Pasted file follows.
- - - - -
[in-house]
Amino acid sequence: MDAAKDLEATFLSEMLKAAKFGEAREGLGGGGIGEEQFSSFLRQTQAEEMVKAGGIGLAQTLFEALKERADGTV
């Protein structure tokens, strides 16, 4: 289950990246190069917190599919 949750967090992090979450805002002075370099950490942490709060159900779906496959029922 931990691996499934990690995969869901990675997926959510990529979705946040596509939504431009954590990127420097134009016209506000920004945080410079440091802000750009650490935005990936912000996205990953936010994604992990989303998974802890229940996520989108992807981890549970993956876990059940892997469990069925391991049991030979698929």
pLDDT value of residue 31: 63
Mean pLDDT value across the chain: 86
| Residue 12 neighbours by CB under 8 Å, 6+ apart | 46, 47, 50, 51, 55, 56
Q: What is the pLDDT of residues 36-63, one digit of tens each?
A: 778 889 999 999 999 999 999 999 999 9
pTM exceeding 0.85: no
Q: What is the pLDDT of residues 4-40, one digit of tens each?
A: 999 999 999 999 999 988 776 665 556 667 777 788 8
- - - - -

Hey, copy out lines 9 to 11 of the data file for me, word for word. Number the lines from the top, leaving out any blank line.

pTM exceeding 0.85: no
Q: What is the pLDDT of residues 4-40, one digit of tens each?
A: 999 999 999 999 999 988 776 665 556 667 777 788 8